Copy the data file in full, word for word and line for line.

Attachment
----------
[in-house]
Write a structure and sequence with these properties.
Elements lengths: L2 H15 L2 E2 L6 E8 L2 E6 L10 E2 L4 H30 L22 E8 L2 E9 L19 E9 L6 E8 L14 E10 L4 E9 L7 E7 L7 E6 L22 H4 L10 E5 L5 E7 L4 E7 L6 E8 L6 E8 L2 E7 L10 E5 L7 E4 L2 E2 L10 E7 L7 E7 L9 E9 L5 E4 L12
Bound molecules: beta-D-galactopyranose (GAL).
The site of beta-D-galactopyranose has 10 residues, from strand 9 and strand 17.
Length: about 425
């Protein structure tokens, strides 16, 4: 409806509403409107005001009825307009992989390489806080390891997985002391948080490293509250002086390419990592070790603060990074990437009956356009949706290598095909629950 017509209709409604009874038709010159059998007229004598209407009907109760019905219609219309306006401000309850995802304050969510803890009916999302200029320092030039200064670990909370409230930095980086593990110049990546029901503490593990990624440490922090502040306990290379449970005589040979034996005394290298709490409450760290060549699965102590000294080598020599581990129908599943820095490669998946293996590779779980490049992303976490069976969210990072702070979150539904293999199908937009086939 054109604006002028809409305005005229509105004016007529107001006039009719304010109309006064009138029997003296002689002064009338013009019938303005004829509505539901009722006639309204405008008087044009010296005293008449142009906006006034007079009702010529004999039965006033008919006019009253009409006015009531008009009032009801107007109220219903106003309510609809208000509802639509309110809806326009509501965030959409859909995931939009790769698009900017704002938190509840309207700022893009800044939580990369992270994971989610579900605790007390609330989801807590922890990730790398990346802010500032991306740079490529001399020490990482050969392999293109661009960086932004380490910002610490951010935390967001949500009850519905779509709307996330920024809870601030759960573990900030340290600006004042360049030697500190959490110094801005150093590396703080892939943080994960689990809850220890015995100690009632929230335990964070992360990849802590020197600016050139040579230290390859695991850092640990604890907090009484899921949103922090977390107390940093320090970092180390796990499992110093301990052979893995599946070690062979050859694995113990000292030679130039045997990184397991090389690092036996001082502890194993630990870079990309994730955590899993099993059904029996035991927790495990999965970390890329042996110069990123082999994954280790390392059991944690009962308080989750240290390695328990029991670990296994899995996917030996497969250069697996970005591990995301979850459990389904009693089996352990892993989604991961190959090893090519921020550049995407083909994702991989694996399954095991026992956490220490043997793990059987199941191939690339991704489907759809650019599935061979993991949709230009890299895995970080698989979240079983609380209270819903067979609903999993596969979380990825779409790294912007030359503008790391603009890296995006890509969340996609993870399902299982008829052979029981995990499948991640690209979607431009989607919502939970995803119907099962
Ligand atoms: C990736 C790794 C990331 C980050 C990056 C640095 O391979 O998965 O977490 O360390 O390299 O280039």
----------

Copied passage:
[in-house]
Write a structure and sequence with these properties.
Elements lengths: L2 H15 L2 E2 L6 E8 L2 E6 L10 E2 L4 H30 L22 E8 L2 E9 L19 E9 L6 E8 L14 E10 L4 E9 L7 E7 L7 E6 L22 H4 L10 E5 L5 E7 L4 E7 L6 E8 L6 E8 L2 E7 L10 E5 L7 E4 L2 E2 L10 E7 L7 E7 L9 E9 L5 E4 L12
Bound molecules: beta-D-galactopyranose (GAL).
The site of beta-D-galactopyranose has 10 residues, from strand 9 and strand 17.
Length: about 425
């Protein structure tokens, strides 16, 4: 409806509403409107005001009825307009992989390489806080390891997985002391948080490293509250002086390419990592070790603060990074990437009956356009949706290598095909629950 017509209709409604009874038709010159059998007229004598209407009907109760019905219609219309306006401000309850995802304050969510803890009916999302200029320092030039200064670990909370409230930095980086593990110049990546029901503490593990990624440490922090502040306990290379449970005589040979034996005394290298709490409450760290060549699965102590000294080598020599581990129908599943820095490669998946293996590779779980490049992303976490069976969210990072702070979150539904293999199908937009086939 054109604006002028809409305005005229509105004016007529107001006039009719304010109309006064009138029997003296002689002064009338013009019938303005004829509505539901009722006639309204405008008087044009010296005293008449142009906006006034007079009702010529004999039965006033008919006019009253009409006015009531008009009032009801107007109220219903106003309510609809208000509802639509309110809806326009509501965030959409859909995931939009790769698009900017704002938190509840309207700022893009800044939580990369992270994971989610579900605790007390609330989801807590922890990730790398990346802010500032991306740079490529001399020490990482050969392999293109661009960086932004380490910002610490951010935390967001949500009850519905779509709307996330920024809870601030759960573990900030340290600006004042360049030697500190959490110094801005150093590396703080892939943080994960689990809850220890015995100690009632929230335990964070992360990849802590020197600016050139040579230290390859695991850092640990604890907090009484899921949103922090977390107390940093320090970092180390796990499992110093301990052979893995599946070690062979050859694995113990000292030679130039045997990184397991090389690092036996001082502890194993630990870079990309994730955590899993099993059904029996035991927790495990999965970390890329042996110069990123082999994954280790390392059991944690009962308080989750240290390695328990029991670990296994899995996917030996497969250069697996970005591990995301979850459990389904009693089996352990892993989604991961190959090893090519921020550049995407083909994702991989694996399954095991026992956490220490043997793990059987199941191939690339991704489907759809650019599935061979993991949709230009890299895995970080698989979240079983609380209270819903067979609903999993596969979380990825779409790294912007030359503008790391603009890296995006890509969340996609993870399902299982008829052979029981995990499948991640690209979607431009989607919502939970995803119907099962
Ligand atoms: C990736 C790794 C990331 C980050 C990056 C640095 O391979 O998965 O977490 O360390 O390299 O280039």